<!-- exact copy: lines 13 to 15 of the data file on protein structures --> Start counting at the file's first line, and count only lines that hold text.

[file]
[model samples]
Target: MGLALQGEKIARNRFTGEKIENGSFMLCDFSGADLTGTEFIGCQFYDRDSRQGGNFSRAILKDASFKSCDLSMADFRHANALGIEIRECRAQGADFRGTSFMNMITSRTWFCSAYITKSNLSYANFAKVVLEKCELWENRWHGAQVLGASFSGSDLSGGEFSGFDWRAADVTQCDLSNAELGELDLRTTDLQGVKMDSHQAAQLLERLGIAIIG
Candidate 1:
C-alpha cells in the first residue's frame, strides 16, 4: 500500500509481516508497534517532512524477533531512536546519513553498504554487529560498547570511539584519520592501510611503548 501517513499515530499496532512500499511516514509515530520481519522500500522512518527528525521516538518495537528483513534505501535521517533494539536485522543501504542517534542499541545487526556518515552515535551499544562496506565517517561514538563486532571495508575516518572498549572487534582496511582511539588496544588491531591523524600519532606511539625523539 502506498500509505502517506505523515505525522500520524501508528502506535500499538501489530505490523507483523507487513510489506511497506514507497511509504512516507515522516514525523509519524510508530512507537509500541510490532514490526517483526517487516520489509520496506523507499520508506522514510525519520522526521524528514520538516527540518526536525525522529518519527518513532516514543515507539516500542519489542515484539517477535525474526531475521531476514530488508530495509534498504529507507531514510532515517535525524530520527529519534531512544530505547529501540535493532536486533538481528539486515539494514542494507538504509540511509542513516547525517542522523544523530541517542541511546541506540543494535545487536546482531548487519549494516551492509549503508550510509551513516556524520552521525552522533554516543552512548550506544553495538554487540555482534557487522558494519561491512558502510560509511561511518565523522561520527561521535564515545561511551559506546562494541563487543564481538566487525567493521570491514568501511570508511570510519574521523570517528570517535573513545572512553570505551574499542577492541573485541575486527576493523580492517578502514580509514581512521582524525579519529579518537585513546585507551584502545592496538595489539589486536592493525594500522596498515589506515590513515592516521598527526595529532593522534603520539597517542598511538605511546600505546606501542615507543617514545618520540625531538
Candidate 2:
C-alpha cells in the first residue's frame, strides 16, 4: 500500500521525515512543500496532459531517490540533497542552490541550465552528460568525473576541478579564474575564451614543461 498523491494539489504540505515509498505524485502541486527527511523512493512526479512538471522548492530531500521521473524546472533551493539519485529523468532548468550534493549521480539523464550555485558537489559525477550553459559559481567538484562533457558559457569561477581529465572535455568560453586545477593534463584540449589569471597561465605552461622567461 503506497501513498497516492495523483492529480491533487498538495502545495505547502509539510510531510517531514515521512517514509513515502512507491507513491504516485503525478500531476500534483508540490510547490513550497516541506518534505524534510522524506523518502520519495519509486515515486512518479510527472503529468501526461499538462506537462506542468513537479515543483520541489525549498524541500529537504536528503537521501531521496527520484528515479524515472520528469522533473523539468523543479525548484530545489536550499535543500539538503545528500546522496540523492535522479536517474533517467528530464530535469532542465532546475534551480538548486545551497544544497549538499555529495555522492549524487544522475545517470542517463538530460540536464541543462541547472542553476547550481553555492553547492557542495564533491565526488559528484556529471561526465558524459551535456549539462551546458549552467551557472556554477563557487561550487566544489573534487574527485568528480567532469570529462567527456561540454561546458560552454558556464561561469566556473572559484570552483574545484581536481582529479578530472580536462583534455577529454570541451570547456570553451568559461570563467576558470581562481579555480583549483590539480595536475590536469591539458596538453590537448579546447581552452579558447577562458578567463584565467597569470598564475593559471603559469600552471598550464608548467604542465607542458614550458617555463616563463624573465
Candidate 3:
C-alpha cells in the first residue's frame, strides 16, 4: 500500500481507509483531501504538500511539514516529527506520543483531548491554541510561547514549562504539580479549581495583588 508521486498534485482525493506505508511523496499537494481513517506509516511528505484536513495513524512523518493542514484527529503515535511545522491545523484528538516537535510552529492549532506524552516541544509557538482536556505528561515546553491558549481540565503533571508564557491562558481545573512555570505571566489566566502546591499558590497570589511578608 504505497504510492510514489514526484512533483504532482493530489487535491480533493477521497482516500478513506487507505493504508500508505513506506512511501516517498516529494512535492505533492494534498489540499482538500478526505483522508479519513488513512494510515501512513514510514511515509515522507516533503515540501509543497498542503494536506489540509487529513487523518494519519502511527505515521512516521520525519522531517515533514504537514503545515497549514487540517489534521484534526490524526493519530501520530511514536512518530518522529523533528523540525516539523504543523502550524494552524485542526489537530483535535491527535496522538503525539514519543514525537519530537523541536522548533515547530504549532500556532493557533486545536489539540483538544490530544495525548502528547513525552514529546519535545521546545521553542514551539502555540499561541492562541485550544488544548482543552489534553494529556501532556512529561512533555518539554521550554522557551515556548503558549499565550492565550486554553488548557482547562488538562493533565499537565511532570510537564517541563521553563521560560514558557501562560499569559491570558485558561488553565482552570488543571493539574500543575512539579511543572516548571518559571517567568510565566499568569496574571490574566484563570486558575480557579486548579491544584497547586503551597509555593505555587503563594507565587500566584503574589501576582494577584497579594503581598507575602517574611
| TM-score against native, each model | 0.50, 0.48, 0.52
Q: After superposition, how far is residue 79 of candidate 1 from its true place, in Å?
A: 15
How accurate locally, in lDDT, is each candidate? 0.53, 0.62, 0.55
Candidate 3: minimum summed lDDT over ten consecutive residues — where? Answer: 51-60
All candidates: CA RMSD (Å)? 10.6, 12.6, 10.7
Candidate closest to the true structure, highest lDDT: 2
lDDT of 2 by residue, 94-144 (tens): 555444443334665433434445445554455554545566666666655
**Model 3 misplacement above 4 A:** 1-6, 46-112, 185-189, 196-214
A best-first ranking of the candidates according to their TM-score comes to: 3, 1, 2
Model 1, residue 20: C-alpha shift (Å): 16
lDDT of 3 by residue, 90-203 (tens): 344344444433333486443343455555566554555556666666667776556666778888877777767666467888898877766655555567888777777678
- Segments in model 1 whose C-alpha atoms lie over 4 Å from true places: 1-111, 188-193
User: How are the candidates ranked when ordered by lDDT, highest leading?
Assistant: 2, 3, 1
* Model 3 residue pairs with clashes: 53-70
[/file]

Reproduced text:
Candidate 3: minimum summed lDDT over ten consecutive residues — where? Answer: 51-60
All candidates: CA RMSD (Å)? 10.6, 12.6, 10.7
Candidate closest to the true structure, highest lDDT: 2